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The Wishing Tree
Director/Producer: Christine Brooks
Creator: Rama Nicholas (Impro Melbourne)
Wellington Improvisation Troupe  (WIT)

at BATS Theatre, Wellington
From 8 Dec 2009 to 12 Dec 2009

Reviewed by John Smythe, 9 Dec 2009


Improv groups are always looking for new ways to create shows predicated on the basic principle that dramatic interactions, inspired by randomly selected input from the audience, are conjured from nothing before our very eyes. 

The Wishing Tree format, created at an Impro Melbourne Festival, was first transplanted to Wellington during the 2009 New Zealand Improv Festival with a one-off show comprising performers from troupes across New Zealand and Australia. Now the Wellington Improvisation Troupe  (WIT) has revived it for the festive season.

Based on an ancient Japanese myth (click on the title above to see more), it asserts that this happens to be the day of the year that is most auspicious for wishes to be granted by the gods. As we enter the theatre we are invited to write our most heartfelt wish on a piece of paper and hang in on the wishing tree - which then gets brought into the performing space to start the show.

Tip: for best results, take the time to write legibly or your offer will get mangled.

Each performer randomly selects a wish from the tree, one is read out provoking instant action and interaction from whoever chooses to run with it; then another, and another ... Thus a selection of improvised stories begin to unfold. And once a few have been established, they randomly return for their next evolutionary stage, at the instigation of one of the actors.

It becomes quite a feat, for performers and audience alike, to keep track of who is being whom in which scenario.

All the while cellist Sebastian Morgan-Lynch adds mood music and sfx, and one of the team at the lighting board illuminates the action with sensitivity. Some of the performers need to learn how to find their light, however. To often legs and torsos feature more than faces.

Sometimes a story will be revitalised when an actor, who has not previously been involved in it, becomes its narrator, not so much dictating the action as raising questions that refresh the actors' inspiration. As always there is a fine line between contributing and controlling. The assertive offering of constructive contribution is crucial. Conversely being a wimp or leaving your colleagues to flounder when you could offer help is a no-no.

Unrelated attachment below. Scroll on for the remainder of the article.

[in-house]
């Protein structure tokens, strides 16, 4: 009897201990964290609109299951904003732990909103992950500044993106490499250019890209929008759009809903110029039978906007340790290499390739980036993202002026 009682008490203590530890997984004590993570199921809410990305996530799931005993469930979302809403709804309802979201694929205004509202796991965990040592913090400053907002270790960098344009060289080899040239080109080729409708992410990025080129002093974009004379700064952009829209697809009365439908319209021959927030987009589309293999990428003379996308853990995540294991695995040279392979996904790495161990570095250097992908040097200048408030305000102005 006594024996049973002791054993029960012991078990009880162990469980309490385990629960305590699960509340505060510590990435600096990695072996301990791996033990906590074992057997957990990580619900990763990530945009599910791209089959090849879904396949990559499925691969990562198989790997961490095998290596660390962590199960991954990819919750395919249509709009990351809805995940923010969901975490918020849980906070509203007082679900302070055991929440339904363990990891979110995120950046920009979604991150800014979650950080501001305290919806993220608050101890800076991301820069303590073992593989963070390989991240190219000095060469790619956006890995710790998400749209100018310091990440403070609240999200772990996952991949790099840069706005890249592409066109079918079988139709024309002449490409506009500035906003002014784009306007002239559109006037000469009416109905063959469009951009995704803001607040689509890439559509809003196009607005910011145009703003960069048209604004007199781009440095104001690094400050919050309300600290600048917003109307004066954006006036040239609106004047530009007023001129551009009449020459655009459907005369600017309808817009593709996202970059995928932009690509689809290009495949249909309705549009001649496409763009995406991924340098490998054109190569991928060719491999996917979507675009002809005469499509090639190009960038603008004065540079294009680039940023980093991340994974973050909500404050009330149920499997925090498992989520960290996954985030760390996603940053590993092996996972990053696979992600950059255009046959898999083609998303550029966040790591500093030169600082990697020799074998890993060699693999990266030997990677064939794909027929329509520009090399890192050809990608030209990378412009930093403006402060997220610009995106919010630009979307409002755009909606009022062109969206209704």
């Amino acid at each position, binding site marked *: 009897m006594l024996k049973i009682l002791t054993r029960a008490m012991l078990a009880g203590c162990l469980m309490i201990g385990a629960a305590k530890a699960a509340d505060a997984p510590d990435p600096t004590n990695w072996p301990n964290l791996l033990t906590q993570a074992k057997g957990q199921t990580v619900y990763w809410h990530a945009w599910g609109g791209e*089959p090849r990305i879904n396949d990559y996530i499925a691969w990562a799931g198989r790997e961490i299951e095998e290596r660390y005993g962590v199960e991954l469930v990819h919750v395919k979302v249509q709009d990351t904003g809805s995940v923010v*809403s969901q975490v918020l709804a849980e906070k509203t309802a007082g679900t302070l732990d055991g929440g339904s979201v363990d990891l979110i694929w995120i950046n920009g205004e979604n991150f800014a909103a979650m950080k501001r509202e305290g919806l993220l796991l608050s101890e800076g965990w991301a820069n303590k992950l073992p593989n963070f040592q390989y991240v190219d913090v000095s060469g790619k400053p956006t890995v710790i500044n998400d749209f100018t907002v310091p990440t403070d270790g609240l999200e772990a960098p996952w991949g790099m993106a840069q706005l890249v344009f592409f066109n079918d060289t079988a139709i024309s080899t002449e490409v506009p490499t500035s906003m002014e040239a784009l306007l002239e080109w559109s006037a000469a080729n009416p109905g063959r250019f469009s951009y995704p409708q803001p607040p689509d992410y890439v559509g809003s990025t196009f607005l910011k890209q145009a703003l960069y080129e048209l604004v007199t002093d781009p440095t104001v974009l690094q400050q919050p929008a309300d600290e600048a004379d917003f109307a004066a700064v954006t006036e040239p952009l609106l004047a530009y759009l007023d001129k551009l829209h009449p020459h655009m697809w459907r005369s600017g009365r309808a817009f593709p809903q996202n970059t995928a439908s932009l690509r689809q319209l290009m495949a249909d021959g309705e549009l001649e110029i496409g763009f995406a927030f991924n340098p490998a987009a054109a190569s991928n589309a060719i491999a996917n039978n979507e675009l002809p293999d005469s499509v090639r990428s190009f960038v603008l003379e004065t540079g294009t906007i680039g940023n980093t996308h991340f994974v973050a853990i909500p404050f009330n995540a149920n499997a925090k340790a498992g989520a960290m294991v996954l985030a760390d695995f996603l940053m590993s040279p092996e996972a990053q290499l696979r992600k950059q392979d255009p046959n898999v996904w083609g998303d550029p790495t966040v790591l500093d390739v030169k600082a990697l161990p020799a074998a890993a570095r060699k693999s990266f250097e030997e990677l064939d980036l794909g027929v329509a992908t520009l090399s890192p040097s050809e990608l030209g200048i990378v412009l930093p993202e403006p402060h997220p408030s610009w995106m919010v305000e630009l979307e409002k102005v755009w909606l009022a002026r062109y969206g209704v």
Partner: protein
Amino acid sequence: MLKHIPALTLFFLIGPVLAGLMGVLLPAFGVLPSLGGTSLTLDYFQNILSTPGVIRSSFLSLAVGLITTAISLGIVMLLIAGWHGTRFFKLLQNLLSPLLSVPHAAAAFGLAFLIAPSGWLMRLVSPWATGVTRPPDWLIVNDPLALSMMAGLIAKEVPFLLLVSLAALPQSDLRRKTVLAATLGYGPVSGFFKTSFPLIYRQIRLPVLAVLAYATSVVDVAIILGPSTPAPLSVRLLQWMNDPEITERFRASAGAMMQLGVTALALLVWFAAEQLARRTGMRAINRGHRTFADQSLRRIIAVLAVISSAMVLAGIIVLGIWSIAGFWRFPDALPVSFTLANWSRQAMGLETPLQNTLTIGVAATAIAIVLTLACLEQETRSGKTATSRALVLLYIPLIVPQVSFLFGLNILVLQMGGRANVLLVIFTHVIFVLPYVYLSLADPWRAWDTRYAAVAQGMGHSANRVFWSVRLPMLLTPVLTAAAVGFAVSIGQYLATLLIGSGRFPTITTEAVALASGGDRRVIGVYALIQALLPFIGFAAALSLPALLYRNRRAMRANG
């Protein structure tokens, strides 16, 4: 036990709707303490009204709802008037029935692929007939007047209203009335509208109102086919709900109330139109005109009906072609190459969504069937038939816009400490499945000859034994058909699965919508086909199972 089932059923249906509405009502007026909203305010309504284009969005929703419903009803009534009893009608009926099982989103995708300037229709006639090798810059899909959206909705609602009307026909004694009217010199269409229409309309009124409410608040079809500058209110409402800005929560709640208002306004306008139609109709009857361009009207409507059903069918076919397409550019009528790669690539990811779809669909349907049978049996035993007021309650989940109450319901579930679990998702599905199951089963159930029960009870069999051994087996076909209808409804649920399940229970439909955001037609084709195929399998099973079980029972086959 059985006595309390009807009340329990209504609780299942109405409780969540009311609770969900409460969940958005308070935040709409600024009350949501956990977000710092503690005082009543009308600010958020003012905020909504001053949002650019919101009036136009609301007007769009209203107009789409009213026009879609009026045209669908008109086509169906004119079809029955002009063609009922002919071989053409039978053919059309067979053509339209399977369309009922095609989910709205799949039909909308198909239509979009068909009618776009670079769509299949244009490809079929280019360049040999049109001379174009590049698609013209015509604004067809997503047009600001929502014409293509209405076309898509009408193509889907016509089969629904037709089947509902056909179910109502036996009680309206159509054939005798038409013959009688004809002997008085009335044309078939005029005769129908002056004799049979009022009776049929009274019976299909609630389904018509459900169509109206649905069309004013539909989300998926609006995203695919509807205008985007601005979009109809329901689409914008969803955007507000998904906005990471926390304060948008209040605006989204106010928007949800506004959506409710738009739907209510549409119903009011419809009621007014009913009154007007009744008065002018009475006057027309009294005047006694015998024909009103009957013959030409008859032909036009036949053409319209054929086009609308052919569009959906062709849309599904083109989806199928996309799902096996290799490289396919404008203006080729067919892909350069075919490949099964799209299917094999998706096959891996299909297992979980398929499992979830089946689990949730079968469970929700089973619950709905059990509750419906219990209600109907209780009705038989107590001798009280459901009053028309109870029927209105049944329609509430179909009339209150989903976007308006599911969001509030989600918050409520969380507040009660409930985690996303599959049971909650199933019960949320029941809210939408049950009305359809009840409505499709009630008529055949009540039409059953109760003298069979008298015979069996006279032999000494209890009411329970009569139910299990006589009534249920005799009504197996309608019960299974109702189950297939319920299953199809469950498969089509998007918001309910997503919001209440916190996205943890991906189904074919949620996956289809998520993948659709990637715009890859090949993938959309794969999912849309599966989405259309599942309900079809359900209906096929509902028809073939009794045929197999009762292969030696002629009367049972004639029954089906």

The cumulative effect is of a soap opera juggling multiple plot-lines, or - given the discrete nature of each story - perhaps it's more like stop-start flicking between a number of recorded dramas. When the instigator feels a scenario has done its dash, they ceremoniously tear up the piece of paper that started it all, announcing, "The story of this wish has ended."

Opening night produced (amongst others) a granddad seeking serenity amid rumbustious grandchildren; the poignant tale of a woman waiting in vain for 'him' to propose; an always-late man who never had enough time, for his wife especially; a queuing couple hoping to meet Lady Gaga, which evolved into a stalking ex-girlfriend story (with the meeting and the requirement to include a pair of jumping stilts only just integrated); a couple in a retirement home seeking to reignite their passion for love and creativity ...

Someone's wish for "a unified qualifications framework" got an instant laugh from the audience and inspired a short and punchy satirical sketch in which an education machine spat out well-measured but un-questing robotic students.

A lengthy wish involving someone's Nana being able to live forever in a mortgage-free house provoked a scenario which nearly got derailed because the manic Nana wouldn't stop talking, leaving the poor bloke at her door - from the electricity lines company - unable to contribute, or that's how it seemed to me. But his, "We have to take your house," was all the stronger for being almost all he said. A cat contributed a menacing presence and ubiquitous portraits of Nana's dead husband inspired a twist that suddenly elevated it into a dark tale of ruthless survival.

The avowed aim of the Wishing Tree format is to "allow people to reflect on their desires and wishes in a fun, open way" and to move beyond the comedy version of a one night stand. "The Wishing Tree creates improvised theatre that I want to remember in the morning," is how director Christine Brooks explains it.

When a wish is heart-felt rather than a jokey challenge, the result can be as efficacious playback theatre because we have a greater sense of individual and collective ownership.

On opening night a number of scenarios did succeed in creating realistic characters whose fate we came to care about as they confronted barriers to desires with which we could readily empathise. Perhaps this is why an invited couple - who clearly had not clocked the implications of the Wellington Improvisation Troupe's name, let alone the mechanics of this show's set up - opined that it was pretty good and wanted to know who had written it.
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For more production details, click on the title above. Go to Home page to see other Reviews, recent Comments and Forum postings (under Chat Back), and News. 


See also reviews by:
 Laurie Atkinson (The Dominion Post);
 John Smythe (2)
 Lori Leigh